The Milky stork is a large bird named for its pale creamy yellow plumage during the breeding season. Outside of the breeding season, the bird is completely white except for black flight feathers of the wing and tail, which also have a greenish gloss. The bare facial skin is greyish or dark maroon; with black, irregular blotches. During breeding, the bare facial skin is deep wine red with black markings on the lores by the bill base and gular region, with a ring of brighter red skin around the eye. Soon after courtship, the facial skin fades to paler orange-red. Breeding birds also show a narrow pinkish band of bare skin along the underside of the wing. During courtship, the bill turns deep yellow, with a greyish tan on the basal third; and the legs become deep magenta. The sexes are similar, but the average male is slightly larger with a longer, thinner bill.
Milky storks are widely but patchily distributed in Southeast Asia. They occur in Sumatra, Java, Sulawesi, eastern Malaysia, Cambodia, southern Vietnam, Bali, Sumbawa, Lombok, and Buton. These birds inhabit mangrove, freshwater and peat swamps, and estuaries. They forage on tidal mudflats, in shallow saline or freshwater pools, freshwater marshes, fishponds, rice fields, and on backswamps along river floodplains up to 15 km from the coast.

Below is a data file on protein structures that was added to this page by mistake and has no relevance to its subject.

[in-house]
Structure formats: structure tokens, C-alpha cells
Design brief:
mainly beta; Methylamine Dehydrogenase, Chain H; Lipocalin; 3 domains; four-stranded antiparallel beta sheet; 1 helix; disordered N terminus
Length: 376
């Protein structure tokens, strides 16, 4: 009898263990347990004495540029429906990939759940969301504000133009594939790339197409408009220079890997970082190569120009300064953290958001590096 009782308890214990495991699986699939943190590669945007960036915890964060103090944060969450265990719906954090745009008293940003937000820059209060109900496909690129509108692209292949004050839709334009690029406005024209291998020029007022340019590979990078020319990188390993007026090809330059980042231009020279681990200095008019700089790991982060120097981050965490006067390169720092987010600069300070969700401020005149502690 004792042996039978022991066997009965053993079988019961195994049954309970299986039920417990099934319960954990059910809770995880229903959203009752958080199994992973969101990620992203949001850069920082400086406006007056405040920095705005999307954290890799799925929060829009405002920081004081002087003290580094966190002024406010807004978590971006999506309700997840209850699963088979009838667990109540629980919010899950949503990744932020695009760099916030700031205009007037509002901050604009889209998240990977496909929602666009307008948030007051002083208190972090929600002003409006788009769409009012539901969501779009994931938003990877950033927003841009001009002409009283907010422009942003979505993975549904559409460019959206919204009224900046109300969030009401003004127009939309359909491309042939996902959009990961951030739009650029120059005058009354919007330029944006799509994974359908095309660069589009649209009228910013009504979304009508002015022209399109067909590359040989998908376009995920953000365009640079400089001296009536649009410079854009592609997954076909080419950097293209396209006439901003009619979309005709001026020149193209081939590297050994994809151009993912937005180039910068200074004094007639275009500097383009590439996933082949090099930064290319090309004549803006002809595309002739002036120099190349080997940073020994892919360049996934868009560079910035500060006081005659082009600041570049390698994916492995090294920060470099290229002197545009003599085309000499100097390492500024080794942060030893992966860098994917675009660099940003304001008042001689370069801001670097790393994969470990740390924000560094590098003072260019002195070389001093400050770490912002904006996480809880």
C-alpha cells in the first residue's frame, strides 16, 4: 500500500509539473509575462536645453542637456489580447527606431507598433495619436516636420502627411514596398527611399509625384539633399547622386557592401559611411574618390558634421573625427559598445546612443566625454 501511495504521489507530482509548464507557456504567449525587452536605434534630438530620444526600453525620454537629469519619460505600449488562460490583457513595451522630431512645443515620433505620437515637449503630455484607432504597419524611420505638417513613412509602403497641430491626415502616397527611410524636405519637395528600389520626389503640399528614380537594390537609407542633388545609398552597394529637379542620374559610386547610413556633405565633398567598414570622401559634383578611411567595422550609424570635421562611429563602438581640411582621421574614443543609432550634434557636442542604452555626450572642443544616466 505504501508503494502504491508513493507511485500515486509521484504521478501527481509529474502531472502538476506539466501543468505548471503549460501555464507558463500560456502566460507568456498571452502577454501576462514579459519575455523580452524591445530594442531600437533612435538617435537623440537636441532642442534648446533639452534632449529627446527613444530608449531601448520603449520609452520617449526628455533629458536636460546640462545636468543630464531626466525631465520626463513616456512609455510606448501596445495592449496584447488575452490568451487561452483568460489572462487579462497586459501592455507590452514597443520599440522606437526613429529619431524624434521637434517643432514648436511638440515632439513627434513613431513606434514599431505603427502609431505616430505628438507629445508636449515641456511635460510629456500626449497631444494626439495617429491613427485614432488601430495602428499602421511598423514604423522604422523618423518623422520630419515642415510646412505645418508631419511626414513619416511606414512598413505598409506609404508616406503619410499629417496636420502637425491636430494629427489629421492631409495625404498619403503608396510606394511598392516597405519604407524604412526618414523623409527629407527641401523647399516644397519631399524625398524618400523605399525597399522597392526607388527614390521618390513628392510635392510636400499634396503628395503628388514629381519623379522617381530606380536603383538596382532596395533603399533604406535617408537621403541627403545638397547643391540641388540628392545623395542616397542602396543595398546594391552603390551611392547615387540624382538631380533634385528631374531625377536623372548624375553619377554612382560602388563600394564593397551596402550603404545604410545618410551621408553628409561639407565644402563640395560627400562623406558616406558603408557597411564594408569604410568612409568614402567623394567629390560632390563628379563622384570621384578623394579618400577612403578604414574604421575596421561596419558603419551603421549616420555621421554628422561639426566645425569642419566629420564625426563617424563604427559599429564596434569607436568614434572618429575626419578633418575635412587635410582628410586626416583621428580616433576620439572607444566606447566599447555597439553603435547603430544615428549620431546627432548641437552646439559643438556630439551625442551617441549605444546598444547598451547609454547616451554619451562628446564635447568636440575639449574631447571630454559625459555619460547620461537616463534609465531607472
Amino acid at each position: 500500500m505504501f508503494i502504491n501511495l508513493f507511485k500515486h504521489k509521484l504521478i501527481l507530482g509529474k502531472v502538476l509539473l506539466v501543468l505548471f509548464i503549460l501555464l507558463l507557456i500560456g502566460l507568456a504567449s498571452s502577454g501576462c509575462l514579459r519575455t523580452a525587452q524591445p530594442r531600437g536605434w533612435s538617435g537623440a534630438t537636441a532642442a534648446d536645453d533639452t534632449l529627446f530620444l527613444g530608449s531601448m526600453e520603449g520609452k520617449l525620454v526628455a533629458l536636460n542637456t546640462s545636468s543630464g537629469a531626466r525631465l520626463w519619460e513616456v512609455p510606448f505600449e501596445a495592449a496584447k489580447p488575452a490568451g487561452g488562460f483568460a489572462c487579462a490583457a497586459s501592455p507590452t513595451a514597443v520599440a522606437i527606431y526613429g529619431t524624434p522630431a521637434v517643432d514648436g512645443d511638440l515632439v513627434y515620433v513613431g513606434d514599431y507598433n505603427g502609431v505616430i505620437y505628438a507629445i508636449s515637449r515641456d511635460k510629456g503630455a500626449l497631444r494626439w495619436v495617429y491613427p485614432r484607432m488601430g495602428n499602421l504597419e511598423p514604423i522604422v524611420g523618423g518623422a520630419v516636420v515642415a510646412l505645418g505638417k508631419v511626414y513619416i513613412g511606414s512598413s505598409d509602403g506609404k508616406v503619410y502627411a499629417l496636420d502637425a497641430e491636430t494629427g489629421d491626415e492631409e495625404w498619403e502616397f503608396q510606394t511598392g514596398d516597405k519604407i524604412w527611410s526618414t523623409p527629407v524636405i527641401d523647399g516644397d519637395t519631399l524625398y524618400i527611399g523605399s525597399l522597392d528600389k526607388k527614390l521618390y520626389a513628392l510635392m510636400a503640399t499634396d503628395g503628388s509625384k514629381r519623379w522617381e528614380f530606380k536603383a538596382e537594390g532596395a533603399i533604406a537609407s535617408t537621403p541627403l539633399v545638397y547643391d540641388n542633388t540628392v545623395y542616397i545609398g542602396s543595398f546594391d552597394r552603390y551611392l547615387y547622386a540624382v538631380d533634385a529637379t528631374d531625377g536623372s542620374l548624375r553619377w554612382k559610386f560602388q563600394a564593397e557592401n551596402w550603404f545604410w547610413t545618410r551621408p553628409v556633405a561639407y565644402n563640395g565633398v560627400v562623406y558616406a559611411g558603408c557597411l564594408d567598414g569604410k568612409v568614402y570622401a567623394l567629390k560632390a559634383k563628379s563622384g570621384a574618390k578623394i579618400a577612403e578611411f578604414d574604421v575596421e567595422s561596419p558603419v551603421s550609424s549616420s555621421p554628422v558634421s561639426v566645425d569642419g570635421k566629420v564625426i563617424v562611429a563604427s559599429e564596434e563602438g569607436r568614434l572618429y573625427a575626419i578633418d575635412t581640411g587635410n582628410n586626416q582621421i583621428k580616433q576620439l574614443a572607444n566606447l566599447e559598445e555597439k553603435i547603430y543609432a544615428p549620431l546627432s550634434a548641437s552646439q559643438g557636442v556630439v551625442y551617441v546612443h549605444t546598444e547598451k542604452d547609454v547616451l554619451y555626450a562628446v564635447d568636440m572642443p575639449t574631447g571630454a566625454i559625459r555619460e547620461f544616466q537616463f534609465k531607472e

Milky storks are highly gregarious birds and usually soar in flocks on thermals at great heights to travel between areas. They feed by day using various feeding mechanisms. These birds locate and capture prey predominantly by the sense of touch, usually by bill groping or direct bill probing around deep holes in the mud. The groping method consists of walking slowly through shallow water with the partially open bill submerged in the water. The stork rapidly shuts its mandibles when a prey item touches the groping till raises its head and quickly swallows the item whole after some tossing. After swallowing a large fish, the stork may rest for up to one minute before resuming foraging. The bird may also stand passively at the water's edge with its half-open bill steadily submerged in the water where waves are present, so that water flows through the bird's mandibles. The stork also sometimes draws its bill through the water in an arc side-to-side when standing or walking, until the bill touches a prey item. Other foraging methods are herding mechanisms including foot stirring; the stork stands on one leg and disturbs the river bed with the foot of the opposite leg. Milky storks also forage in flocks at high prey density, whereby they cooperatively flush fish in shallow water to divert them to their half-open bills. They may also sometimes detect aquatic prey by direct visual searching. Between foraging activities, Milky storks spend their time standing in shaded spots or in the sun adopting wings drooped position. During high tide, they often roost in mangrove trees or in remnant trees on rice fields. Outside of the breeding season, Milky storks are usually silent; at nests, during display, they utter a 'fizz' call and the young produce a froglike croak when begging for food.